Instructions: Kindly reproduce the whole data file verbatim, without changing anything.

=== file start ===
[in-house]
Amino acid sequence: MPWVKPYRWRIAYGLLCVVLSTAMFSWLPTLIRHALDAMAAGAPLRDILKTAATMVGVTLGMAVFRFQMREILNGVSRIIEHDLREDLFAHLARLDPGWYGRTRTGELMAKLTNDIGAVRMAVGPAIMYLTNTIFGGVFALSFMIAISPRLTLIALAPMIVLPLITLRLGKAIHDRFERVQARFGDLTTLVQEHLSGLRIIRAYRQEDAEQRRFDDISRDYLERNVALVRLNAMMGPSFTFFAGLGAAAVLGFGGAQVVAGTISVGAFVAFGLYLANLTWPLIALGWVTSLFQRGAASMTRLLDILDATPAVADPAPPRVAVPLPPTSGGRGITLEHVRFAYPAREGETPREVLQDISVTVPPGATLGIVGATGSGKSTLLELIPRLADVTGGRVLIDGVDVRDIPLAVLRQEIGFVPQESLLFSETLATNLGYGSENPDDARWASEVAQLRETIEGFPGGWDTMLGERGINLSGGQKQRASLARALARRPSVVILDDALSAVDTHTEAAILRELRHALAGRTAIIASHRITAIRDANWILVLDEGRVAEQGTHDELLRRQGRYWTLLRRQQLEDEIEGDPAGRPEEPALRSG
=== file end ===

[in-house]
Amino acid sequence: MPWVKPYRWRIAYGLLCVVLSTAMFSWLPTLIRHALDAMAAGAPLRDILKTAATMVGVTLGMAVFRFQMREILNGVSRIIEHDLREDLFAHLARLDPGWYGRTRTGELMAKLTNDIGAVRMAVGPAIMYLTNTIFGGVFALSFMIAISPRLTLIALAPMIVLPLITLRLGKAIHDRFERVQARFGDLTTLVQEHLSGLRIIRAYRQEDAEQRRFDDISRDYLERNVALVRLNAMMGPSFTFFAGLGAAAVLGFGGAQVVAGTISVGAFVAFGLYLANLTWPLIALGWVTSLFQRGAASMTRLLDILDATPAVADPAPPRVAVPLPPTSGGRGITLEHVRFAYPAREGETPREVLQDISVTVPPGATLGIVGATGSGKSTLLELIPRLADVTGGRVLIDGVDVRDIPLAVLRQEIGFVPQESLLFSETLATNLGYGSENPDDARWASEVAQLRETIEGFPGGWDTMLGERGINLSGGQKQRASLARALARRPSVVILDDALSAVDTHTEAAILRELRHALAGRTAIIASHRITAIRDANWILVLDEGRVAEQGTHDELLRRQGRYWTLLRRQQLEDEIEGDPAGRPEEPALRSG